Concentration in Biological Anthropology

Curriculum Checksheet

Courses and Syllabi

Bioanthro News

Alumni

Forensic Anthropology Summer Camp  NEW

 

Dr. G. Robbins Schug's Website

 

Dr. Susan Lappans's Website

 

Anthropology Department Website

 

 

 

Biological anthropology is the study of primate biology in evolutionary perspective. The sub-discipline of biological anthropology includes many diverse fields of inquiry including primatology, molecular evolution and paleoanthropology, bioarchaeology, human variation, adaptation, and behavioral ecology, evolutionary medicine, and forensic anthropology. The curriculum at Appalachian is focused in three mains areas: evolutionary and biocultural theory, primate behavioral ecology, and human biocultural adaptations in the Holocene (bioarchaeology). Undergraduate research is an important part of our curriculum. Recently, students completed a project to identify human remains in the burned fragments of bone from the Donner Party campsite and currently students are working on projects in paleopathology and bone histology. Recent graduates from our program have gone on to graduate school in forensic anthropology and bioarchaeology at institutions worldwide, including University College London, UNC Chapel Hill, Texas State San Marcos, Central Florida University, SUNY Binghamton, and Michigan State University.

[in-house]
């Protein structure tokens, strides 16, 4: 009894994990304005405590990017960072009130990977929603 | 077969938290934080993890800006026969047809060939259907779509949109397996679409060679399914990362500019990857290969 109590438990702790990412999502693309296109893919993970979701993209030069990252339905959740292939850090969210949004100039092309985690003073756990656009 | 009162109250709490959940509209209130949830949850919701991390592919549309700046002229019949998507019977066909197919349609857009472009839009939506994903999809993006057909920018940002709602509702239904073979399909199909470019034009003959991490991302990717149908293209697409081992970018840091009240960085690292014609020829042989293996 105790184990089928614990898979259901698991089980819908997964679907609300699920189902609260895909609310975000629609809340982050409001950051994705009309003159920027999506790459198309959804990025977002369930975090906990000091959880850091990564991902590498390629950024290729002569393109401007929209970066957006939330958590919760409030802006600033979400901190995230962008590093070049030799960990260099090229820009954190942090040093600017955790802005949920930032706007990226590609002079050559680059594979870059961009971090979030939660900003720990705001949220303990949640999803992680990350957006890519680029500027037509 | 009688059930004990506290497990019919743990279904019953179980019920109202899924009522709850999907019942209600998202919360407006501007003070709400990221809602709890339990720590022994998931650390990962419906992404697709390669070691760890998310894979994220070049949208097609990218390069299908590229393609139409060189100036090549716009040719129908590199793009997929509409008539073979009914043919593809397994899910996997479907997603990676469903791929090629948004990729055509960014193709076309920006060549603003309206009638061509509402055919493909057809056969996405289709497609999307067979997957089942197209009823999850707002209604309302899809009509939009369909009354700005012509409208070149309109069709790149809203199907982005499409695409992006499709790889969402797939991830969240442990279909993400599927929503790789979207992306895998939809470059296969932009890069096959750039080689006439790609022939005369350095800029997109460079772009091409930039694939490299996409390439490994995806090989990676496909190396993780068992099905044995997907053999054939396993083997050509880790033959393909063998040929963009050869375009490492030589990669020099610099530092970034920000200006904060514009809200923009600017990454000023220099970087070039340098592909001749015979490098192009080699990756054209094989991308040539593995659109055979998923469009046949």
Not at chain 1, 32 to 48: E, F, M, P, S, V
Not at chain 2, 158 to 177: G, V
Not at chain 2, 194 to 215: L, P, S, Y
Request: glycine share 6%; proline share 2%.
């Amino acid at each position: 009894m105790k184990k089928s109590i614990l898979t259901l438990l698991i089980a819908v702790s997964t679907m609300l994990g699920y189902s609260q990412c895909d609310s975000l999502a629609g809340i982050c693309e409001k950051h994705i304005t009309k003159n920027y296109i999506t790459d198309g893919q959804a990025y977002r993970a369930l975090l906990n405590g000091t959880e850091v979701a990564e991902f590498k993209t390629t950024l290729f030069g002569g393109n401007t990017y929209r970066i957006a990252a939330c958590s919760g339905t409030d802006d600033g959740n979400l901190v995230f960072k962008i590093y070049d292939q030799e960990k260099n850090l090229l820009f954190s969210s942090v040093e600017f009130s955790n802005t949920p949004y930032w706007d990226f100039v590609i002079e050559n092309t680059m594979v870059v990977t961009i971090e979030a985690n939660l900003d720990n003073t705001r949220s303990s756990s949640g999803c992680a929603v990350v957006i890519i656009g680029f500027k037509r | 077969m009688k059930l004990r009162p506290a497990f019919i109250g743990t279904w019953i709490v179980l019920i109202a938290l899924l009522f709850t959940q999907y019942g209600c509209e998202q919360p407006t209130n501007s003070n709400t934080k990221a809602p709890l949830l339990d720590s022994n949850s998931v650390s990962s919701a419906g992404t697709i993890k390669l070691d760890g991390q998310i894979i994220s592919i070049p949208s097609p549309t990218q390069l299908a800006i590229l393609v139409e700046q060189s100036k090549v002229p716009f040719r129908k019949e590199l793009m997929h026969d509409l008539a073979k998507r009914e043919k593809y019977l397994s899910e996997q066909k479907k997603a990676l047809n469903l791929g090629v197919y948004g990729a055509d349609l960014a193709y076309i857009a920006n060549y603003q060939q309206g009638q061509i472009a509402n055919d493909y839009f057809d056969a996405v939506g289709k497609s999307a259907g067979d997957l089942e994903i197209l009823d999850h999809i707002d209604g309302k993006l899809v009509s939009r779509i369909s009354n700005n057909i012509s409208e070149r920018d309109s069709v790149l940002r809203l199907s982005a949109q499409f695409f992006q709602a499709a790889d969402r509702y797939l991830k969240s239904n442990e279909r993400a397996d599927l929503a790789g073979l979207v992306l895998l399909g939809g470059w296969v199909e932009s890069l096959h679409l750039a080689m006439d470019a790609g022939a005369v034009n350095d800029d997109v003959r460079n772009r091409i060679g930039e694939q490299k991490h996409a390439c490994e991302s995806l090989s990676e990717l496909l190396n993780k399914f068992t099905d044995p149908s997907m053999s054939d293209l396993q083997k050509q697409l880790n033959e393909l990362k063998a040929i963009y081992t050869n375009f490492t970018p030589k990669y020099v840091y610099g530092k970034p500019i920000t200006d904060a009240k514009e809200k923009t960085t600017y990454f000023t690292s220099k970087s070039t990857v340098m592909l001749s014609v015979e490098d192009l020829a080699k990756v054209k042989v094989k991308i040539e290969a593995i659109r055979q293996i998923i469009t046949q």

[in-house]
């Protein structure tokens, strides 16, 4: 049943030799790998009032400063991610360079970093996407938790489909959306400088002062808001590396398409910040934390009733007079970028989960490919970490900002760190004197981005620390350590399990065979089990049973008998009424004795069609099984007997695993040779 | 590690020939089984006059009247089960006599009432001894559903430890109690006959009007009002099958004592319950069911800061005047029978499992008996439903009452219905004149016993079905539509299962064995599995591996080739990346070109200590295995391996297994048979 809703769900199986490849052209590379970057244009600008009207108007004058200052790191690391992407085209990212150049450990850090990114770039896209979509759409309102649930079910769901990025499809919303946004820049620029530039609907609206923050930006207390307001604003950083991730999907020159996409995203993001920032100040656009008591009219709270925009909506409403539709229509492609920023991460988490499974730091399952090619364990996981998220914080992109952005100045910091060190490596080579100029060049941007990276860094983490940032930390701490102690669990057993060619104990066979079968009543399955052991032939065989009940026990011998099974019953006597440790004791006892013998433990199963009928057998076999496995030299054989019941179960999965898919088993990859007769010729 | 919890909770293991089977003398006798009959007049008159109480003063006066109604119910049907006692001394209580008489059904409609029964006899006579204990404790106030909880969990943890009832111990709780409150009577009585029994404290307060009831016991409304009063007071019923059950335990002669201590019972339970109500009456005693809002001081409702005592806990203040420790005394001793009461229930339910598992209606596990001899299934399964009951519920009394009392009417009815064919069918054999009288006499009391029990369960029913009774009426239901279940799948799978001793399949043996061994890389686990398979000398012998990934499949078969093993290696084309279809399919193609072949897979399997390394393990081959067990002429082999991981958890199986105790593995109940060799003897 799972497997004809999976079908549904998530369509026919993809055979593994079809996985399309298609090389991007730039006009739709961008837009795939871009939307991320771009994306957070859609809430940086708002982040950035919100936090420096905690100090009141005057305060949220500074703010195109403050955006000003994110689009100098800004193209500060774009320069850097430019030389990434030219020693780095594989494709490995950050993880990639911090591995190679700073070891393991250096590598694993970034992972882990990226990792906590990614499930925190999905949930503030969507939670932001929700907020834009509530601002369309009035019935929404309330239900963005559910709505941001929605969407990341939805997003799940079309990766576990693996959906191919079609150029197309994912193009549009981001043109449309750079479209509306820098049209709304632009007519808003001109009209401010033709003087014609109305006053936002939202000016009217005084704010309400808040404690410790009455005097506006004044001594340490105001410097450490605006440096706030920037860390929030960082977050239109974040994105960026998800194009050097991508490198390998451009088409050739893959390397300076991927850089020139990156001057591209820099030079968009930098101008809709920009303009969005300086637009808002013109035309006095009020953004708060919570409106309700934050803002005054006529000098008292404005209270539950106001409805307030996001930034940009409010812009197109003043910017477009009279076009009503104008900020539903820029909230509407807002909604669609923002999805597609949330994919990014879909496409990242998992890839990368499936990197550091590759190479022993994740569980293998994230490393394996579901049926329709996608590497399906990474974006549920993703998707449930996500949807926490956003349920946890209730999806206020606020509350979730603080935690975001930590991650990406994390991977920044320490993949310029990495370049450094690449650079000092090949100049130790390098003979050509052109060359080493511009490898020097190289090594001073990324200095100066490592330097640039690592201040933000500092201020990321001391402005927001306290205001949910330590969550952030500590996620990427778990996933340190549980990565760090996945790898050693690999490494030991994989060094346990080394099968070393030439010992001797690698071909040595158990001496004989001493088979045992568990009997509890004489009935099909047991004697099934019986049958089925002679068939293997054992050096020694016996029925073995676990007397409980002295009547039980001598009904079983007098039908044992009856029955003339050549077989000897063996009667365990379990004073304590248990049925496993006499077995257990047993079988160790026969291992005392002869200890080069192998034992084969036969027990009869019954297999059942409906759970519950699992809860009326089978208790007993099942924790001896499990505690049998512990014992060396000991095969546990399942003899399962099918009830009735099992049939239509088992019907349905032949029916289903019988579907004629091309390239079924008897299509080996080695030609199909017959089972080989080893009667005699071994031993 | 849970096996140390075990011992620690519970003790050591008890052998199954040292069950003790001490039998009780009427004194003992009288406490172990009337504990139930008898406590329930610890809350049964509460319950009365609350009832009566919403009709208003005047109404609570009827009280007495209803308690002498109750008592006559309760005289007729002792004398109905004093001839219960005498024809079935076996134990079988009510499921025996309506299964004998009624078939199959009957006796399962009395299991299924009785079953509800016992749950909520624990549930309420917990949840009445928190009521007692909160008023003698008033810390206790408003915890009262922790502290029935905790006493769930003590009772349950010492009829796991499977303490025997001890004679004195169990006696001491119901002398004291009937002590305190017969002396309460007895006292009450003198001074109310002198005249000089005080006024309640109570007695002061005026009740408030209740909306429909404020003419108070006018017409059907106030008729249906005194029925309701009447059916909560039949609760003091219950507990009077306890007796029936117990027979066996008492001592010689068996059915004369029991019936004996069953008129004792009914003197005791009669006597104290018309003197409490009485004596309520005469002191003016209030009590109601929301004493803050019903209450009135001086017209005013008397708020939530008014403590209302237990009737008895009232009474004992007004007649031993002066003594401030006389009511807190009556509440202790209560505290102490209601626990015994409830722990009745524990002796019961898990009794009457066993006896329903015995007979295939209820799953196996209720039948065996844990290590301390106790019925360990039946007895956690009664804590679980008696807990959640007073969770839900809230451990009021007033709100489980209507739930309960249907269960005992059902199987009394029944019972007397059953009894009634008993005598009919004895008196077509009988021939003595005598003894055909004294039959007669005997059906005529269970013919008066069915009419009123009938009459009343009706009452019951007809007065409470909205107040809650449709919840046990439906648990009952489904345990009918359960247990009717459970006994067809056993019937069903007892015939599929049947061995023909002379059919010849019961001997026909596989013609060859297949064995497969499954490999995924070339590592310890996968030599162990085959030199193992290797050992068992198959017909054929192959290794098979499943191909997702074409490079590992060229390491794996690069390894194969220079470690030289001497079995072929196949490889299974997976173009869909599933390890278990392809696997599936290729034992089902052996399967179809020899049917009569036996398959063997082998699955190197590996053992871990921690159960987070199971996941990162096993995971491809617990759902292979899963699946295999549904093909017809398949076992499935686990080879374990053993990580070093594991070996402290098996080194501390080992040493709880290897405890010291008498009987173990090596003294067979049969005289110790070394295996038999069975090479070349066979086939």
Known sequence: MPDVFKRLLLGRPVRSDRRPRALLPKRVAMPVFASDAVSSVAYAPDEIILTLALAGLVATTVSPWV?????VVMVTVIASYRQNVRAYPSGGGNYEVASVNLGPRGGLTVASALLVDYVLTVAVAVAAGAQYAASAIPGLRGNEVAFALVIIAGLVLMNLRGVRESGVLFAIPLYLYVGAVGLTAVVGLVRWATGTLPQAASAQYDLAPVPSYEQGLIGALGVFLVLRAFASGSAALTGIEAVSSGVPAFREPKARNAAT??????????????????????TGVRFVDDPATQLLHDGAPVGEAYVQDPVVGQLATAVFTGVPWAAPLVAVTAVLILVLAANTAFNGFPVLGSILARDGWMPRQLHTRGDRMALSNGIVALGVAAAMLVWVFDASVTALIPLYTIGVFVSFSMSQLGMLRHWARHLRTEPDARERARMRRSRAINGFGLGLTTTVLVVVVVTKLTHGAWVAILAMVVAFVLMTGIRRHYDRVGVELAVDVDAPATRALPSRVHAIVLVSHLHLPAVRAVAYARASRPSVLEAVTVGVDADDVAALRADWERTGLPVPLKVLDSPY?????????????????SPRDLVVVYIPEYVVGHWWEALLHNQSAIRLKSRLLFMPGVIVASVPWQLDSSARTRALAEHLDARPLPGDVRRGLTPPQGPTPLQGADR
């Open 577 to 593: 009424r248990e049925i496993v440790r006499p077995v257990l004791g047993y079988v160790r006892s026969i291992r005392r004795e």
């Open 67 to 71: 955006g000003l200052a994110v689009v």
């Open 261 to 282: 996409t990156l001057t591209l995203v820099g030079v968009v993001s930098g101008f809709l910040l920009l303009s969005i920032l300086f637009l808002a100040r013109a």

Students interested in Biological Anthropology should arrange to meet with Dr. Robbins Schug, Dr. Lappan, or Dr. Chin-hsin Liu to discuss research ideas and future plans. Dr. Lappan (416 Sanford Hall) is a primatologist with research focused on gibbons, their behavior, ecology, evolution, and conservation.  Dr. Robbins Schug (401 Sanford Hall) is a bioarchaeologist with research focused on climate and culture change and the evolution of infectious diseases in human populations living in South Asia in the latter half of the Holocene. Dr. Chin-hsin Liu is a bioarchaeologist who specializes in isotopic analysis as a tool for understanding human health and biocultural adaptations in prehistoric Thailand.